Scratch Built RFID Tags


[nmarquardt] has put up an interesting instructable that covers building RFID tags. Most of them are constructed using adhesive copper tape on cardstock. The first version just has a cap and a low power LED to prove that the antenna is receiving power. The next iteration uses tilt switches so the tag is only active in certain orientations. The conclusion shows several different variations: different antenna lengths, conductive paint, light activated and more.

17 thoughts on “Scratch Built RFID Tags

  1. “call me when they have one reporting a serial number to a standard reader.”:
    That is exactly what it does:
    “This induced current activates the RFID chip that is connected to the tag’s antenna. This chip then modulates a response (usually the unique ID number) that is transmitted back to the reader.”

  2. @fartface: If you’d bother reading the article, you’d have realised that in step 4 he mentions that the capacitor and led can be replaced by an RFID ic, which will allow them to report a serial number to a reader. Next time, read before you comment shooting down someone else’s work.

  3. geez you guys whine alot. I keep coming to the comments section for unique insight from the community, and what I get is a bunch of Techno-hipsters saying I’m leeter than thou.

    I think it worth noteing that while Instructables is amaturish, High end hacks don’t emerge from the vaccum. Every leet hacker started by goofing off in the garage.


  4. Hi everyone, thanks for your comments on this project. I’m the author of the Instructable mentioned here, and so I wanted to reply to your comments.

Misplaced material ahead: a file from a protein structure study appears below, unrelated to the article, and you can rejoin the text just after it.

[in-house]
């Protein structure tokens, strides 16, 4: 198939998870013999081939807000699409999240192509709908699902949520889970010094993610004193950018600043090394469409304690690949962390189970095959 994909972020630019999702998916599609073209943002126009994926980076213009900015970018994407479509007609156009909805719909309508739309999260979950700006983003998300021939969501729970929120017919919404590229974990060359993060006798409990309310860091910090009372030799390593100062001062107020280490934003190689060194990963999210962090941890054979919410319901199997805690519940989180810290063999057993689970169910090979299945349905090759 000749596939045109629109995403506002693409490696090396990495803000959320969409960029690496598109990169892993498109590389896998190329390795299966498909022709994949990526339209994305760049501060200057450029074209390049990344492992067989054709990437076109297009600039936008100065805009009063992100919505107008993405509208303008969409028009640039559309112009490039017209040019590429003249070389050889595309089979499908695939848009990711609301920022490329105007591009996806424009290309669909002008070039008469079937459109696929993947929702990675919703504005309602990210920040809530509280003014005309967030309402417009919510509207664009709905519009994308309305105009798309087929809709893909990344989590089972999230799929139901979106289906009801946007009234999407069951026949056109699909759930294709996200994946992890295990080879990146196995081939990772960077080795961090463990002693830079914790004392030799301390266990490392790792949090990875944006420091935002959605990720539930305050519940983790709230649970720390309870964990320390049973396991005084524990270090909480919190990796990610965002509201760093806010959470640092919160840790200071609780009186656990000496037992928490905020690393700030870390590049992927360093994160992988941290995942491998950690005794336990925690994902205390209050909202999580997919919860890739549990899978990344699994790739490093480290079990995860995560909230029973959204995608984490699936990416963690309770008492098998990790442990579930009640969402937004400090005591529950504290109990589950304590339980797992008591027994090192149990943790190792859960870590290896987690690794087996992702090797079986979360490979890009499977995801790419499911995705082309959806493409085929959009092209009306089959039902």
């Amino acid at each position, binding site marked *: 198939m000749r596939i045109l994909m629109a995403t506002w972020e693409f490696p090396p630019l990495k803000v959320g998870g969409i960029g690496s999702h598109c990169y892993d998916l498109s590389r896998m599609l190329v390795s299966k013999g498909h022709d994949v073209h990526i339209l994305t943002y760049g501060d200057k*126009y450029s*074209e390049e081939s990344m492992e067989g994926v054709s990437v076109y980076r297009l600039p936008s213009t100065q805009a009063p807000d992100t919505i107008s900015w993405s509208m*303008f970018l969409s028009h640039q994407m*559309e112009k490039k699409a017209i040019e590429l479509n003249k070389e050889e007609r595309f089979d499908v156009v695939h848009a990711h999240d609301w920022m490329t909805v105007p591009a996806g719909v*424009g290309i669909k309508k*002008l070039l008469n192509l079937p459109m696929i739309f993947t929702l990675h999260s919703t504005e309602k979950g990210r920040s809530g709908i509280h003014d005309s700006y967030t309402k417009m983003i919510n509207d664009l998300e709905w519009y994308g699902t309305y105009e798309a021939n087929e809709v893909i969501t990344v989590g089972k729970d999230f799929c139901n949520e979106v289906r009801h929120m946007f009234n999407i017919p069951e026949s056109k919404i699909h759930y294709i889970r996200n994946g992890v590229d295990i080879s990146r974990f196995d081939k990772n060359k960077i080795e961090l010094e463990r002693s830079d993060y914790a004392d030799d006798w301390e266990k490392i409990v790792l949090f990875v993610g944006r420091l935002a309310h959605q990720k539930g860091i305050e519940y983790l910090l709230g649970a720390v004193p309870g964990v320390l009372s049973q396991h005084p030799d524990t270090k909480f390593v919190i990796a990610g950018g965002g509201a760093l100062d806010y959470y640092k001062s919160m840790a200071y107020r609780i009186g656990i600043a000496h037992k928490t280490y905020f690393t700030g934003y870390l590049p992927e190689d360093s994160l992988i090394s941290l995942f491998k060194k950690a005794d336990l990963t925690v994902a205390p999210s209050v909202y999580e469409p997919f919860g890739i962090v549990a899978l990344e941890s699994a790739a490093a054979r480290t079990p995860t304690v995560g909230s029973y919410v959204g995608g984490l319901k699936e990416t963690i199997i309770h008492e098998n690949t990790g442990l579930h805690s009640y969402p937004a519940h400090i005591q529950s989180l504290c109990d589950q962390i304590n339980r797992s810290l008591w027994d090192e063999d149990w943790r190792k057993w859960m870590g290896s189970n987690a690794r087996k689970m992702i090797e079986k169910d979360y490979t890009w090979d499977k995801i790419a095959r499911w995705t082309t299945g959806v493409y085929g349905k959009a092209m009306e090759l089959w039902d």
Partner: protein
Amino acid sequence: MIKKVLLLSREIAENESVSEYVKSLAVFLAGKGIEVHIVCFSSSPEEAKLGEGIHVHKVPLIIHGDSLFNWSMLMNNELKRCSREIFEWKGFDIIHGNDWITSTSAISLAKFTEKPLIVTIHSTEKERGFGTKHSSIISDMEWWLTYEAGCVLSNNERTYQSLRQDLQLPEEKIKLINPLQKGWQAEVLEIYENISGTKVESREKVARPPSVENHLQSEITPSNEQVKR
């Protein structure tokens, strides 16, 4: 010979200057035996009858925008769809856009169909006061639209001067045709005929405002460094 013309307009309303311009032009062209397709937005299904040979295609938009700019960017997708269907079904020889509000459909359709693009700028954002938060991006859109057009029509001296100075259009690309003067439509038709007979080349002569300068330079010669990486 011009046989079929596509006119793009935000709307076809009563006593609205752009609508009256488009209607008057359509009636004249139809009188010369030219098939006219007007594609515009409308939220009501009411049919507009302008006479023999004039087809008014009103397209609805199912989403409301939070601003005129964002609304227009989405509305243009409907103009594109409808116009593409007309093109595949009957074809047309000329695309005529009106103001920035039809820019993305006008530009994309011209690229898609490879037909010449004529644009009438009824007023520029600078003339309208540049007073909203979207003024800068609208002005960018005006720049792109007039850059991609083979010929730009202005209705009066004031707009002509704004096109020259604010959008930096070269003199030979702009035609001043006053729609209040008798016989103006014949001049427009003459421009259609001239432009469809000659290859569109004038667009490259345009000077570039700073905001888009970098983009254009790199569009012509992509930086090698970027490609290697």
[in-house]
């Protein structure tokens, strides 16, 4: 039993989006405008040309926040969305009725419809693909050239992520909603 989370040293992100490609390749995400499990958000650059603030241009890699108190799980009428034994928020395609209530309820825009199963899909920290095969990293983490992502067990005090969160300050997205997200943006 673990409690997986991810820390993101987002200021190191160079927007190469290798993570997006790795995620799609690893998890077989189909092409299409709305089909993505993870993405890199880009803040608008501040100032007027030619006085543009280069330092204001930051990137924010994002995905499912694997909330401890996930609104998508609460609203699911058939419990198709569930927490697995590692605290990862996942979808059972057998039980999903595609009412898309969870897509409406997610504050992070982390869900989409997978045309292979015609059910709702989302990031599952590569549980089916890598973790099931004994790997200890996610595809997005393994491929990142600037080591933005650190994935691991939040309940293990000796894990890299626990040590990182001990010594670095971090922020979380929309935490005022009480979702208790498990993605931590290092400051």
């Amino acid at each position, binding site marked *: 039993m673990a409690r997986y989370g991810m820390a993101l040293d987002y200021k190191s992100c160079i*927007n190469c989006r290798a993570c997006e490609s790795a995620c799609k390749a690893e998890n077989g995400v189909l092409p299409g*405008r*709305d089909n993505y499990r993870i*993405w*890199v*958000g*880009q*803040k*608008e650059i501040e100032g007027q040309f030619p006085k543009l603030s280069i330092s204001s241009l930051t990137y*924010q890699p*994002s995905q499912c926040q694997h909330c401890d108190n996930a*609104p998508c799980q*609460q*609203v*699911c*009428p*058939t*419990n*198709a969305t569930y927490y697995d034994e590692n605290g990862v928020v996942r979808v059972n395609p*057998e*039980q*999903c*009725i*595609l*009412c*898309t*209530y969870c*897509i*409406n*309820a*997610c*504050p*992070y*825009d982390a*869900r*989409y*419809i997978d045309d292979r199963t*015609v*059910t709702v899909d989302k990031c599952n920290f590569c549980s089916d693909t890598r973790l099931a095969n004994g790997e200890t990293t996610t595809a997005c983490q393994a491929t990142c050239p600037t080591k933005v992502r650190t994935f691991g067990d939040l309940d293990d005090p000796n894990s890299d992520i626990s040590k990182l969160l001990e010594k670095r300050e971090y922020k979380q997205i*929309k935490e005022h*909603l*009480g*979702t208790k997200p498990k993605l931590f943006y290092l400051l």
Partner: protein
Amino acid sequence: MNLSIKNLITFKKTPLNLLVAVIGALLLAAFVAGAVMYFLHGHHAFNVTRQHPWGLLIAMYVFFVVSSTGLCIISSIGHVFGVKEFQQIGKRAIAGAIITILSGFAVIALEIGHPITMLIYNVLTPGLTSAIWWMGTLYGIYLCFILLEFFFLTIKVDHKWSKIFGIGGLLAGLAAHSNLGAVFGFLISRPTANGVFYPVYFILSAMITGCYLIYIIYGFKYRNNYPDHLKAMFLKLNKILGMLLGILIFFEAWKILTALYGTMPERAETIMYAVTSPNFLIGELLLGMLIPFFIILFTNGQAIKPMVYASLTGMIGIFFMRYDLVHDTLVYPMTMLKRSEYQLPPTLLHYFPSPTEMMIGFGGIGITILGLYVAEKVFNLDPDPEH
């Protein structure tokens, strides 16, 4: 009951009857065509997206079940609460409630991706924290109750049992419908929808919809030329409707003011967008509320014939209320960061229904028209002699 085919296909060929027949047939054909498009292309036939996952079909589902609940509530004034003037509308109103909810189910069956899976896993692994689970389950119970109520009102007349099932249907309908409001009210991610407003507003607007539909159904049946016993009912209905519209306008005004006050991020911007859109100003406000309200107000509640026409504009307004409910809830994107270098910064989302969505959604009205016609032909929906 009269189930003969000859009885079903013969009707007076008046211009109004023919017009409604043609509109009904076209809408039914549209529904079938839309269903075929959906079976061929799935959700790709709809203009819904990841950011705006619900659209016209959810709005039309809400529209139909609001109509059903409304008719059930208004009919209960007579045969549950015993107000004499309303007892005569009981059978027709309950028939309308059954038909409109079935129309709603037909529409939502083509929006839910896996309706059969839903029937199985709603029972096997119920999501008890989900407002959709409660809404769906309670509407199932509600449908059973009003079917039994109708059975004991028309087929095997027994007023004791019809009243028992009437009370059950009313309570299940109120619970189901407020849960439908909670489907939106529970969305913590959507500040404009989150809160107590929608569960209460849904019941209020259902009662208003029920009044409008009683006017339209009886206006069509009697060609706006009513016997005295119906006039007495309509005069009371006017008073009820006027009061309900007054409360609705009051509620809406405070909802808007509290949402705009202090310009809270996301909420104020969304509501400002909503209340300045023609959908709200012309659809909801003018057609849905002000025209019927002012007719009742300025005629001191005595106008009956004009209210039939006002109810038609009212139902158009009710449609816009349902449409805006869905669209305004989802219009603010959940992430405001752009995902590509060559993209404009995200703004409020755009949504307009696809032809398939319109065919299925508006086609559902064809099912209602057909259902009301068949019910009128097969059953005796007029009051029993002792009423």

I agree: this is a really, really simple project, and nothing too sophisticated for anyone who has knowledge of RFID. However, it hopefully illustrates how easy it is for non-experts to still explore this usually invisible technology. It is intended as a starting point, that opens directions for more experiments.

    And to answer the raised question: yes, these tags work with Mifare chips, and yes: the reading distance is in fact very bad (around 2-4 cm). But, considering that we use simple copper tape and a simple antenna layout, it is still surprising that it works (at least for me). The Sonmicro reader receives the unique ID of the chip, and I can write data packages to it. I did many more experiments with RFID, and I hope I find the time to share more of them with everyone who is interested in it. So far, this includes a collection of over 25 various tags, many different sensors, active tags, custom readers, and PCB tags (which are much, much smaller).

  5. I haven’t looked through the work these guys did in detail but where did they get the RFID chips from or did they just take them out of another peice of hardware?

    I’ve been trying to do simular work but all the Tags I get my hands on the chip is usually covered in glue and near impossible to solder to.

  6. @vsnine: you can see an example for such a tag on the last page of the instructable: the tag (third image) includes a switch that let’s the user manually activate the RFID chip. when the LED lights up, the user can decide if he/she wants to activate the chip.

    @yls: I agree, using RFID ICs from existing RFID tags does not really work because of the glue material around. however, you can easily order RFID chips directly, for instance at, order number 568-2219-1-ND. there are also many other RFID ICs available there.

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